LeConte Glacier starts in the Coast Mountains and flows south for 6 miles (9.7 km) to the head of LeConte Bay, also known as Thunder Bay, at the south end of Frederick Sound, about 20 miles (32 km) east of Petersburg, Alaska. The Tlingit name for the glacier is “Hutli” reported by John Muir in 1884, for the mythical thunderbird.
The glacier was named in 1887 by Lieutenant Commander C.M. Thomas, of the U.S. Navy, for Joseph LeConte. From 1857 to 1869, LeConte was a professor of chemistry and geology at South Carolina College, which is now the University of South Carolina. In September 1869, he moved west to Berkeley, California, to be a professor of geology at the newly established University of California. LeConte co-founded the Sierra Club with John Muir and others in 1892.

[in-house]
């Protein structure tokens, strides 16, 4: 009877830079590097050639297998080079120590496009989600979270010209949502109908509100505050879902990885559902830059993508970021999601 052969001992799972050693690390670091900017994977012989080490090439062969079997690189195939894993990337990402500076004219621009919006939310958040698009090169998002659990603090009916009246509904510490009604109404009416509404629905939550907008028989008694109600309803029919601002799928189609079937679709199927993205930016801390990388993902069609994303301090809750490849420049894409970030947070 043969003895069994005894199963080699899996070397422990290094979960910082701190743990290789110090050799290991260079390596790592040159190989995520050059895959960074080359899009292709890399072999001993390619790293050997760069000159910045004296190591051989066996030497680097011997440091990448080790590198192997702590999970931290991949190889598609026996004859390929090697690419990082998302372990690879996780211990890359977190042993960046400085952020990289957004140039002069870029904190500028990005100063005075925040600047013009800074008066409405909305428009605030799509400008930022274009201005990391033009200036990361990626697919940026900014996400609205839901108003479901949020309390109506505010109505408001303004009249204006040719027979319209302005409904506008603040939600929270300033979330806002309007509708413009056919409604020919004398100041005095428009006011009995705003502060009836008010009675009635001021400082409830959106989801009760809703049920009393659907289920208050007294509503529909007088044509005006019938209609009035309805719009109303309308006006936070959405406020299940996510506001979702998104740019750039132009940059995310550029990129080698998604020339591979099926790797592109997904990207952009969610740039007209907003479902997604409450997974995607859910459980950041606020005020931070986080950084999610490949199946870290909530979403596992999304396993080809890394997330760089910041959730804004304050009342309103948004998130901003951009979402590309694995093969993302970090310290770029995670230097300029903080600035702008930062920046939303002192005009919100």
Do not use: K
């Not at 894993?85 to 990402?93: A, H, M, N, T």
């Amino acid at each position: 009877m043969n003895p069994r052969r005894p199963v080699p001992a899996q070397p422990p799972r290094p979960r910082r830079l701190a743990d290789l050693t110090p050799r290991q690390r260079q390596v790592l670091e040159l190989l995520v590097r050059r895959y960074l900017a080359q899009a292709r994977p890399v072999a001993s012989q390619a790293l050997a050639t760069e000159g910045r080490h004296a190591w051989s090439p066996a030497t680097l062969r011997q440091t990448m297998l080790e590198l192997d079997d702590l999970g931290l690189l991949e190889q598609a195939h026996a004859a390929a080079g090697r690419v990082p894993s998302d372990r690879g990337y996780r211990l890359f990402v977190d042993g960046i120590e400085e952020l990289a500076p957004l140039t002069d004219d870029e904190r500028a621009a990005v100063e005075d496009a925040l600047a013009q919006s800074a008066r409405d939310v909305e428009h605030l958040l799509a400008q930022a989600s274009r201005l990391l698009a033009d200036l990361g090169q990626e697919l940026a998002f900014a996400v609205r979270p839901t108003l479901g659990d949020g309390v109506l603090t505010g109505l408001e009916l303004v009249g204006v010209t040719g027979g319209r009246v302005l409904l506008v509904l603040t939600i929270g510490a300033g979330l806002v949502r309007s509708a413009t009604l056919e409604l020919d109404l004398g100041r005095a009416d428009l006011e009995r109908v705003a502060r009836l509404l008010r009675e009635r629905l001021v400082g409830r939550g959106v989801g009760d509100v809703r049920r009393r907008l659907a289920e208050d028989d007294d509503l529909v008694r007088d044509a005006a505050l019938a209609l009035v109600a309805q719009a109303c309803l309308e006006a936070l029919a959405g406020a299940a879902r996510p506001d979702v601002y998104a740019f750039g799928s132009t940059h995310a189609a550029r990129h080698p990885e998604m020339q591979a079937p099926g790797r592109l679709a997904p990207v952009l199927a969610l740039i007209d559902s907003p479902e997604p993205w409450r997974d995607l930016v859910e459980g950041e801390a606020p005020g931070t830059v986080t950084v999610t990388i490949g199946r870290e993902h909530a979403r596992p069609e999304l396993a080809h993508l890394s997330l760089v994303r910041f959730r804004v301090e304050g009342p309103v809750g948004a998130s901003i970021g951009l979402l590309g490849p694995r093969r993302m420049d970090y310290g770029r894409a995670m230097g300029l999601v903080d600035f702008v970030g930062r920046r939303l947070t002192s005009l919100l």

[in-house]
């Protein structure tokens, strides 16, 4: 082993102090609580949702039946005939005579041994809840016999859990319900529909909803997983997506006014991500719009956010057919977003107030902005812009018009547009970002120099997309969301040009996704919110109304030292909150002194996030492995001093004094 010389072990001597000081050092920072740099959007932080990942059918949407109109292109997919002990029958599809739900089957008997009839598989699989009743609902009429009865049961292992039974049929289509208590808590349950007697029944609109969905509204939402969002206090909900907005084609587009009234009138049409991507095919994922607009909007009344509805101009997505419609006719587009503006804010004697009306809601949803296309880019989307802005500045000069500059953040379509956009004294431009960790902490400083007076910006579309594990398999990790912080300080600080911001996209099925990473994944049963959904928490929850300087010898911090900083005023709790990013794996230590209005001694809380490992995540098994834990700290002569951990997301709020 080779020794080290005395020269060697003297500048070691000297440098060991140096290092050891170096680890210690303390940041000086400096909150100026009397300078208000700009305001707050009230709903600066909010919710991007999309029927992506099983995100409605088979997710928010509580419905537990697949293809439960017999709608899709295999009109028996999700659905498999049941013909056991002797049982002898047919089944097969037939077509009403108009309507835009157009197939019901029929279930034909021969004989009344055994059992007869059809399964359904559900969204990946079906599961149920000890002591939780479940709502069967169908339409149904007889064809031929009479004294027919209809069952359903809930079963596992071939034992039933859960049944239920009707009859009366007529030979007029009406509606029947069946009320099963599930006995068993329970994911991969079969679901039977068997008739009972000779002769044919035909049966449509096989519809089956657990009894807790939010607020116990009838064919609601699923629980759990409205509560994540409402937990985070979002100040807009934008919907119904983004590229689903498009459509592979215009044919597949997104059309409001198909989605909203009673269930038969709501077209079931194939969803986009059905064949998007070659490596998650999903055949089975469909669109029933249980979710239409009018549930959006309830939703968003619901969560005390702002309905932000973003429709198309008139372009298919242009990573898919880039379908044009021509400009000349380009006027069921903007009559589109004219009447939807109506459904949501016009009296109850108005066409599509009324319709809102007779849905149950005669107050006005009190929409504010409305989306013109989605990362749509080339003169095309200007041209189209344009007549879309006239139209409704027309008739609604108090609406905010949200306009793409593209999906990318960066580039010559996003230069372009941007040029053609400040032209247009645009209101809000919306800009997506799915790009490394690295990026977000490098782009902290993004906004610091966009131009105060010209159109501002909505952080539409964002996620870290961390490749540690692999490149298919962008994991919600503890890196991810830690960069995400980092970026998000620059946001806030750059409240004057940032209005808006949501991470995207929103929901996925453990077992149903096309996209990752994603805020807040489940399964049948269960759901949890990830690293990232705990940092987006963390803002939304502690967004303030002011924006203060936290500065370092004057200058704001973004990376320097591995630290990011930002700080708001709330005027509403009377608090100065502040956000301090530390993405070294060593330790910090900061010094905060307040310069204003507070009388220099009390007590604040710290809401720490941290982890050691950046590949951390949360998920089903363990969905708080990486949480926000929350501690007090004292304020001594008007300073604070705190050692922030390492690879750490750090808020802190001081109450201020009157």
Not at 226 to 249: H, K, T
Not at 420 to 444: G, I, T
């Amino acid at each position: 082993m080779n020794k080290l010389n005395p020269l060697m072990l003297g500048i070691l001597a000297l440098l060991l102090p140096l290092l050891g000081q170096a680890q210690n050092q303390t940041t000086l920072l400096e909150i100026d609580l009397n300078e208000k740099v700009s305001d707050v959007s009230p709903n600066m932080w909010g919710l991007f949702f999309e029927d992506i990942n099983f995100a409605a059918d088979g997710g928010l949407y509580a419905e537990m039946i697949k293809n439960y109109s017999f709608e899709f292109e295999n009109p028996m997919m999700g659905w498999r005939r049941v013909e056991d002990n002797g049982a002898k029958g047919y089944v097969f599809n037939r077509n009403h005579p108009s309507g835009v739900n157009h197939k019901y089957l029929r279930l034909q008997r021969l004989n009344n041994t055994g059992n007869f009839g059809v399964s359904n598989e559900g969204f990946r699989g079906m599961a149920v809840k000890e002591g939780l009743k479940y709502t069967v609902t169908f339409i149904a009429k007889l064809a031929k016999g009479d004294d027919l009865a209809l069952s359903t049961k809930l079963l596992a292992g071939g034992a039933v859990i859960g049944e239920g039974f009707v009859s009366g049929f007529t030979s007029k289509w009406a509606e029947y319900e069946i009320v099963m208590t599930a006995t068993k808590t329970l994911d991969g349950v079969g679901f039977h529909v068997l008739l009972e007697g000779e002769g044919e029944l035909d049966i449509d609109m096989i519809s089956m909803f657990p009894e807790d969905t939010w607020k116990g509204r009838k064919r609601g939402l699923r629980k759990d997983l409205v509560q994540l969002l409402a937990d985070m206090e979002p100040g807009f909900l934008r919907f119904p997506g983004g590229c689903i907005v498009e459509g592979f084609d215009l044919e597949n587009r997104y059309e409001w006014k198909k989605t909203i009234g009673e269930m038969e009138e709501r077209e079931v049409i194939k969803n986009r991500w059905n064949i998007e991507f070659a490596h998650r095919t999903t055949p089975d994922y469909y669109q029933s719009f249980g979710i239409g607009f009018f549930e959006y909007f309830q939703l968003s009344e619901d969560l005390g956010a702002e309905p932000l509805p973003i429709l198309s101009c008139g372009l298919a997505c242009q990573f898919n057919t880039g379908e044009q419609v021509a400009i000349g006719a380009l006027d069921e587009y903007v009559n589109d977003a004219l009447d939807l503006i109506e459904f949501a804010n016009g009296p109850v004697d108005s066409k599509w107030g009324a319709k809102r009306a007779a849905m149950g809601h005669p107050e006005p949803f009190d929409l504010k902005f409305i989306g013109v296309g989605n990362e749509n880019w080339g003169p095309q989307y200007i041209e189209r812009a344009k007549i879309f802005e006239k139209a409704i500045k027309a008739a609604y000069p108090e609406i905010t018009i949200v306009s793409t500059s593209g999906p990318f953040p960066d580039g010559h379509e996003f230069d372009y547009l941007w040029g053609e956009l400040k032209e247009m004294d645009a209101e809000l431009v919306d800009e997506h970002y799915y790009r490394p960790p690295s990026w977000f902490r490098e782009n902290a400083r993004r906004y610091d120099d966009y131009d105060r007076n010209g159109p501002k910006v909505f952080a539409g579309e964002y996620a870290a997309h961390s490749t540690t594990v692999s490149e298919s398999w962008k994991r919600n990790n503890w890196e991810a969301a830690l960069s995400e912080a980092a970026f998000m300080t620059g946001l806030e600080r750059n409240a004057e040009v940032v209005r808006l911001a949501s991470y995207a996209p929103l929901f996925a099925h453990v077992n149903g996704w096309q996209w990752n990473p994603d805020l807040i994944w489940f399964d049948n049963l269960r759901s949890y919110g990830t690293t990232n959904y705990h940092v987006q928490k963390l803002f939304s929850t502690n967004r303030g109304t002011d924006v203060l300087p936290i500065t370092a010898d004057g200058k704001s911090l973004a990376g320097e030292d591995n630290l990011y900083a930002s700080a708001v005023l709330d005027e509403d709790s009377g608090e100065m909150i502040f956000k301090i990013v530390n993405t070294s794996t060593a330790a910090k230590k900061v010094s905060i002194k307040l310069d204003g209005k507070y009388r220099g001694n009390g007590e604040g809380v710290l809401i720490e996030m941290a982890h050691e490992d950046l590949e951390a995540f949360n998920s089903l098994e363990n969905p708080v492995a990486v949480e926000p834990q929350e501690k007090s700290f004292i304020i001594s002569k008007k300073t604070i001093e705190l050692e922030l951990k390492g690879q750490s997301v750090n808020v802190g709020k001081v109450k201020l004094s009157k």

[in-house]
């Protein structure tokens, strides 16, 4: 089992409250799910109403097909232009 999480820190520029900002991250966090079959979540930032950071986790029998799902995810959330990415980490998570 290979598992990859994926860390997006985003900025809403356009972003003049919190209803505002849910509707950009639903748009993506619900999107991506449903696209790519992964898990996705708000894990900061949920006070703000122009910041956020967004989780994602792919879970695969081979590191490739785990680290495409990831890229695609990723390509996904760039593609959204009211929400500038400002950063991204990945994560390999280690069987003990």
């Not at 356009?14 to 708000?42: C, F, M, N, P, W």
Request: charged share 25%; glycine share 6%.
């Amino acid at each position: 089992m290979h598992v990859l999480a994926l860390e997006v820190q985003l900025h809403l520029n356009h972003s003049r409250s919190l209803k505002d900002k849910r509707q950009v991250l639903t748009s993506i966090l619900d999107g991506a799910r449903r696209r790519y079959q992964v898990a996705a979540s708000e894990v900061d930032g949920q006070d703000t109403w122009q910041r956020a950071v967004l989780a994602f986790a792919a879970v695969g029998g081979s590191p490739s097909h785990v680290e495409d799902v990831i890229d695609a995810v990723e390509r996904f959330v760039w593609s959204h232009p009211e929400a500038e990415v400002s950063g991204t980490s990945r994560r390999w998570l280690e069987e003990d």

Since its discovery, the glacier has retreated nearly 2.5 miles (4.0 km), although it is in a relatively stable position today. LeConte Glacier is the southernmost tidewater glacier in the Northern Hemisphere. The glacier is a popular tourist destination, with operators from nearby Petersburg and Wrangell running excursions to its calving face. LeConte Bay is 810 feet (250 m) deep, and the submerged portion of the glacier is constantly calving icebergs. These are known as “shooters” for the way buoyancy drives them to erupt at the surface. Read more here and here. Explore more of LeConte Glacier here: